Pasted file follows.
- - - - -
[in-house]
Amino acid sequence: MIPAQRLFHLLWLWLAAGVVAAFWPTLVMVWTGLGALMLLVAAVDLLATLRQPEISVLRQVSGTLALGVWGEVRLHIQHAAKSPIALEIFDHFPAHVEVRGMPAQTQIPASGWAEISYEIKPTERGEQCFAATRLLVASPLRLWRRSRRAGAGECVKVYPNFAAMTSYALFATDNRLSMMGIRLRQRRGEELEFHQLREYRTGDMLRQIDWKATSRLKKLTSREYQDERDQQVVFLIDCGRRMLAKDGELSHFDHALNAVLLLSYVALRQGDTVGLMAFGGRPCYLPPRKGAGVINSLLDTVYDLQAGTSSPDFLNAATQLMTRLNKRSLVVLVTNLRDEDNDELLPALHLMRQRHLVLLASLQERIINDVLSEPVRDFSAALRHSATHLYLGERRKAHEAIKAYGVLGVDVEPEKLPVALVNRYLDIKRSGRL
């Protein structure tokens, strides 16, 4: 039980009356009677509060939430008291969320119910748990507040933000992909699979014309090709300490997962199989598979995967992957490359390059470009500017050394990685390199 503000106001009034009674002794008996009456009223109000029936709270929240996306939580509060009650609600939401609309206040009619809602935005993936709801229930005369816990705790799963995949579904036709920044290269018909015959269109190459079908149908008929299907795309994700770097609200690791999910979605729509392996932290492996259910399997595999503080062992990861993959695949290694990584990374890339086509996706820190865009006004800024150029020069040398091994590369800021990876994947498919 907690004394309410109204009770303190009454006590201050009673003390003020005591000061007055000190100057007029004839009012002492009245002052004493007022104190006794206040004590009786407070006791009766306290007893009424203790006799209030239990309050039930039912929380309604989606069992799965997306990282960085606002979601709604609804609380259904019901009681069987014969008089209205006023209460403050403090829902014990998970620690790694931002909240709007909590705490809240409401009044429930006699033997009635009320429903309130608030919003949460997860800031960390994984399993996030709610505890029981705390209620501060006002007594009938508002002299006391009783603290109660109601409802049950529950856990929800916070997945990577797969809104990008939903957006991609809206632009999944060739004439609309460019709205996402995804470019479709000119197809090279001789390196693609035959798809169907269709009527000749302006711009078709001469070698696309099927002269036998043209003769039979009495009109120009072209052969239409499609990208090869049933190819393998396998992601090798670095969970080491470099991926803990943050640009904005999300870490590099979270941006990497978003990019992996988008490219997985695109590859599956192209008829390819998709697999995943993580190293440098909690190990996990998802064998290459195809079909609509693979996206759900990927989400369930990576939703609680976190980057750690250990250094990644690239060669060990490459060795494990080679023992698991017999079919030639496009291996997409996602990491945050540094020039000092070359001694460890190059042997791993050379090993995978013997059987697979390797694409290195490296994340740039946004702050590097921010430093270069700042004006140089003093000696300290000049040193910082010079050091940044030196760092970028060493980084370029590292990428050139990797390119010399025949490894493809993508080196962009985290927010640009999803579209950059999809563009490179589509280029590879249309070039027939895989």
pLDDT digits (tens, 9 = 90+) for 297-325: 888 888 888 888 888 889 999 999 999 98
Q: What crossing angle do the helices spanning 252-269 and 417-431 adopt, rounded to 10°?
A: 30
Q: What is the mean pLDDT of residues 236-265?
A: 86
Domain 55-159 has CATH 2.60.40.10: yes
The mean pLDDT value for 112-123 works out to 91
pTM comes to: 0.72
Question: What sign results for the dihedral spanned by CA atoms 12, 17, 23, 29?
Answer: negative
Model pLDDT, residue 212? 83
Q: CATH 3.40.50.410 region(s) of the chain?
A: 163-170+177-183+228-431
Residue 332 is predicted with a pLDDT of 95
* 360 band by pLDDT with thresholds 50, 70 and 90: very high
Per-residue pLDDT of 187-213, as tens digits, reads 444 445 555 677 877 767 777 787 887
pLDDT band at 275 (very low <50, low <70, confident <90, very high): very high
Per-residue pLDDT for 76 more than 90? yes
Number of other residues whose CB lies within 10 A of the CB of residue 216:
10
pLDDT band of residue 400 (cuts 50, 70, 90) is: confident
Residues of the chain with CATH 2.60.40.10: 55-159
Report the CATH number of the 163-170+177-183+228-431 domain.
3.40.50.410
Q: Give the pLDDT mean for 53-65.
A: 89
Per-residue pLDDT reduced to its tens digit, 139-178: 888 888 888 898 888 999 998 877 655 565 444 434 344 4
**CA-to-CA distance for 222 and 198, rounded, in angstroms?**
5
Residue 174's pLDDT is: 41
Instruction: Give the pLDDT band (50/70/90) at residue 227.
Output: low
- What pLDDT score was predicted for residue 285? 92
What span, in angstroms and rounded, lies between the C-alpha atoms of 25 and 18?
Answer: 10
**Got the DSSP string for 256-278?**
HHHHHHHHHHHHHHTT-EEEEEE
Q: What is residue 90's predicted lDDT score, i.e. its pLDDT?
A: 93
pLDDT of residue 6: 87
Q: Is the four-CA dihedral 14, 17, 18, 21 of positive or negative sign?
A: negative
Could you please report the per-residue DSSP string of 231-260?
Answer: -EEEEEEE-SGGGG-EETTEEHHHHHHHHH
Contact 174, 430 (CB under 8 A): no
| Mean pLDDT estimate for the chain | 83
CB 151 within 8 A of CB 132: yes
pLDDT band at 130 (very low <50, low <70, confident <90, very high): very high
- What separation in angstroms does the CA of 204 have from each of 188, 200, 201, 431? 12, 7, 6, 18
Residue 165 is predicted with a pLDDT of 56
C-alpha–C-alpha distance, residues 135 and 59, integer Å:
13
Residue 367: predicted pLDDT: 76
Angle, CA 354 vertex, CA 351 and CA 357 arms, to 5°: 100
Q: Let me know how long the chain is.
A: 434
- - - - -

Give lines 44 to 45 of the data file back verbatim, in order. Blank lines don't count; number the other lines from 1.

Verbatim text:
Q: Is the four-CA dihedral 14, 17, 18, 21 of positive or negative sign?
A: negative